My immediate learning need is to turn these avi's back into interactive video, (btw, subtitles are not an issue). The avi's I have show the buttons when you view them - so you are right on with your assessment.

IF I understand, what I need to do is create BOV's that will align with the existing buttons. I see it as 'overlaying' them on top of the existing avi and it's buttons. (that's what creates the 'glow' or 'highlight' you see on the DVD screen)

As I suspected that is done in a different section of the IFO data than the menu info. So if I can get the BOV's to align, then I can put in the info for what happens when they are selected.

Fortunately, with this project, I "can live with just button highlights". So I'm back to an authoring program.

My menu experience so far has been limited using ConvertX to turn avi's, etc into DVD format and I have gotten somewhat familiar with the options and changes that can be made to the menu before conversion.

I do own a license for AVS4You and have an authoring program installed from them - it's a complicated enough program that I'm not ready to jump into it just yet.

What I've found about the ConvertX is that it's a great app for converting to DVD, (especially MKV format), but it blows up when I use it to burn the DVD. I've found a 99% success rate by converting with ConvertX, then using the AVS burning app to create the DVD.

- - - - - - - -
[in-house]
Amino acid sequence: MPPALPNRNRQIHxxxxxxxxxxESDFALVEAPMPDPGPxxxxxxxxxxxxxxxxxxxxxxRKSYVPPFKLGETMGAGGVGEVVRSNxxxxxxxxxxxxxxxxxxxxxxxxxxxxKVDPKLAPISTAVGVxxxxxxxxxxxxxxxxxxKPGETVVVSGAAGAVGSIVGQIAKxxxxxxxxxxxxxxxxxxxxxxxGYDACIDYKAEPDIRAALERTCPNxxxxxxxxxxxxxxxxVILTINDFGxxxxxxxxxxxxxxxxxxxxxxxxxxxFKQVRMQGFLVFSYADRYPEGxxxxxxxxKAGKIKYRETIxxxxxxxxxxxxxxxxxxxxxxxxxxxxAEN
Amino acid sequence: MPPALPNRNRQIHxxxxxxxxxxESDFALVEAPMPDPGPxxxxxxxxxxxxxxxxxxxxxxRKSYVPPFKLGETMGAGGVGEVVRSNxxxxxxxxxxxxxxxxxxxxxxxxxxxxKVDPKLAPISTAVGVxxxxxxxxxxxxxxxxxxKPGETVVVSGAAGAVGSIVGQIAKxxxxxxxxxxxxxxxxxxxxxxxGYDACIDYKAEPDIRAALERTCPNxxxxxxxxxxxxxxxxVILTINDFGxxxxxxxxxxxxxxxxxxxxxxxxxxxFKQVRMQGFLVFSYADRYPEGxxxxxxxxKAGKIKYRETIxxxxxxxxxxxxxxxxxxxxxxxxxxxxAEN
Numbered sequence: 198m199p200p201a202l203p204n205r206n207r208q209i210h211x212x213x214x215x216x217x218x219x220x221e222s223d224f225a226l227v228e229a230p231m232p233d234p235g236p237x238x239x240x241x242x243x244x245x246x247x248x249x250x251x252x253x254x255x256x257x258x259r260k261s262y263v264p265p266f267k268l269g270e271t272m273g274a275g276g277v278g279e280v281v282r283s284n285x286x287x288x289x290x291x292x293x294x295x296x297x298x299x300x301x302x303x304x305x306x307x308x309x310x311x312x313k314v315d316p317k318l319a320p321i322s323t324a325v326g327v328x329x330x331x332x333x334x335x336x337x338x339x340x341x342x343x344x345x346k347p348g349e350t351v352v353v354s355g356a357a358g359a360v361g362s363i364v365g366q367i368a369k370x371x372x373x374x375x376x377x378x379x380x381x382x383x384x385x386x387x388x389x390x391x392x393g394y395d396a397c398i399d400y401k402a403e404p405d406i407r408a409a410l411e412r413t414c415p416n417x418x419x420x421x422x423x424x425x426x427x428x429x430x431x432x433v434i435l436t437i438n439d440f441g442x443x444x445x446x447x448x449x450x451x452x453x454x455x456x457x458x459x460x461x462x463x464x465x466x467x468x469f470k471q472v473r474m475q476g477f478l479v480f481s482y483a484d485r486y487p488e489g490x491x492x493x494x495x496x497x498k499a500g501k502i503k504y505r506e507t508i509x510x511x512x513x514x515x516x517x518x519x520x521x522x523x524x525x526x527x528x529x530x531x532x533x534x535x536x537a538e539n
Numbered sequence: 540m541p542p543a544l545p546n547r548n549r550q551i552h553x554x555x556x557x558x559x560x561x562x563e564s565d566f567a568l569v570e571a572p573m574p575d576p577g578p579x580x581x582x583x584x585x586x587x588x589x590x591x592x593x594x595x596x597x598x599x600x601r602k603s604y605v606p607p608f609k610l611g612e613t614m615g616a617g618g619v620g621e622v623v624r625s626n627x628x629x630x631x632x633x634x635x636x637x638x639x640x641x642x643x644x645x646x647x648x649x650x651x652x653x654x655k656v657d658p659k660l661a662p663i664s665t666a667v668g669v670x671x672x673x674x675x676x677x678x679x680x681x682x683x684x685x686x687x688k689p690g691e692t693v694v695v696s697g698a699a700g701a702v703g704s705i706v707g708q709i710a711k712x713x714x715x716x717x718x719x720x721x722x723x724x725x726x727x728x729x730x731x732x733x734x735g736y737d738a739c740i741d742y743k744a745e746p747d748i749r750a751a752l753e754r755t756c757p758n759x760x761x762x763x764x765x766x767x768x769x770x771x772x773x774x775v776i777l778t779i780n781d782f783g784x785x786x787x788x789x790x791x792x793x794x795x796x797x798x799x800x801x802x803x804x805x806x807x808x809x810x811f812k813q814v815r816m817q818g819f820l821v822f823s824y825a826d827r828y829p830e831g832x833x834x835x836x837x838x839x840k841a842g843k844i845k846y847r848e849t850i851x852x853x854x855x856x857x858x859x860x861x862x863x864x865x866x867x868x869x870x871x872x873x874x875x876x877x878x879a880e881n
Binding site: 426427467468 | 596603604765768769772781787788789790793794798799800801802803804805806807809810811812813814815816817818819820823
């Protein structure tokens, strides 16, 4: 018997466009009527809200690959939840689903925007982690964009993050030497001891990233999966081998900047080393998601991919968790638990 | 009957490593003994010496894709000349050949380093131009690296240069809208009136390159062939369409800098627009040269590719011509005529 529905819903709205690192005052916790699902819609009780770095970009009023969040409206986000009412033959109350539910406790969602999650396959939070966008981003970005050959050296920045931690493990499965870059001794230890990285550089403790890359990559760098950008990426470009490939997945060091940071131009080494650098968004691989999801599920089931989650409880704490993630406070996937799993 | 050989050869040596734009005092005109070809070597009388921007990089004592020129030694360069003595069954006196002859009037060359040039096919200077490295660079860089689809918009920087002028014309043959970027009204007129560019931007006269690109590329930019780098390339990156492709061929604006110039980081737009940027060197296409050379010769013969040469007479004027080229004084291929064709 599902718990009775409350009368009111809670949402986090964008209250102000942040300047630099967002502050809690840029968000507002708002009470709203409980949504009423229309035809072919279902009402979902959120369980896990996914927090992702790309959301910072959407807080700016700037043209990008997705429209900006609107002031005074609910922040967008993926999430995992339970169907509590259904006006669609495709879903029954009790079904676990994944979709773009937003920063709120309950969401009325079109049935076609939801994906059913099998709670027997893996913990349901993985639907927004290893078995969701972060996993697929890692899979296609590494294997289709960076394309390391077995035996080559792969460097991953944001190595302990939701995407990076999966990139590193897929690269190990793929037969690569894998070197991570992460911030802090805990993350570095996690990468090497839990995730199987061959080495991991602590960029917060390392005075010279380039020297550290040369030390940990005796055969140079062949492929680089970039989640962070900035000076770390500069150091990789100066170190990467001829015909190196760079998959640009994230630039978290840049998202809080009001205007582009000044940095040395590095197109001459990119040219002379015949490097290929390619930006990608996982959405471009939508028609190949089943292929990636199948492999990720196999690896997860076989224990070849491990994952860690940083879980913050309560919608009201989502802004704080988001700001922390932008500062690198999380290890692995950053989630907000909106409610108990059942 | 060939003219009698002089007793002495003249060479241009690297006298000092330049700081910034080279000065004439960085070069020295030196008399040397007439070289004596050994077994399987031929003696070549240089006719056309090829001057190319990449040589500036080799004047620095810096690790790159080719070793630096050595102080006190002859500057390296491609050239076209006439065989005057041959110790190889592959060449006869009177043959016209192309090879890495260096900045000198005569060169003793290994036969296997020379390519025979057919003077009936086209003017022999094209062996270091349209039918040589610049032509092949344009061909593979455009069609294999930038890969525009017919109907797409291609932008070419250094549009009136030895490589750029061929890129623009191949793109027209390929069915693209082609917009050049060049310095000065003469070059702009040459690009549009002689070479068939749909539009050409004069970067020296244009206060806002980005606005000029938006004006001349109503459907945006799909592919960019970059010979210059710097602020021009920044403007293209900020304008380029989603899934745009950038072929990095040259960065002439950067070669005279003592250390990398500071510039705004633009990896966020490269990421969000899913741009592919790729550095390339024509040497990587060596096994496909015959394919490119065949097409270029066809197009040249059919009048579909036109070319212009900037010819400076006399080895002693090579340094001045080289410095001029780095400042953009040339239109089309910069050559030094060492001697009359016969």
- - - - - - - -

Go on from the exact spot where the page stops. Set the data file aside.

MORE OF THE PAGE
I've been quite disappointed with the AVS format conversion - maybe it's the nature of the beast, but ConvertX makes superb conversions every time, and I don't have to configure it at all.

When I use the AVS Editor or Conversion app to convert a video's format, all is straight forward except the video bit rate. If I'm trying to make a different format duplicate of a video and want the same bit rate, I have to guess at the bit rate setting and hope it is close to the existing video's bit rate.

ie Let's say, I have an FLV that is 1400kbps bit rate and I want to make an AVI, (or MPEG, or WMV) copy of the exact same quality and specs.

If I set the bit rate in the AVS app to 1400, I'll get 1150 in the finished vid. It's frustrating as hell. When I asked AVS about it, I got some BS from them without a real answer as to why it is that way. Every other setting is duplicated, but not the bit rate.
The other thing I've found is massive file size when I use the AVS Editor or Conversion app to modify or convert a video.

If I have an avi that I want to crop some sections from and I use the AVS Editor to do it, the file can be 4-5 times what the original avi was.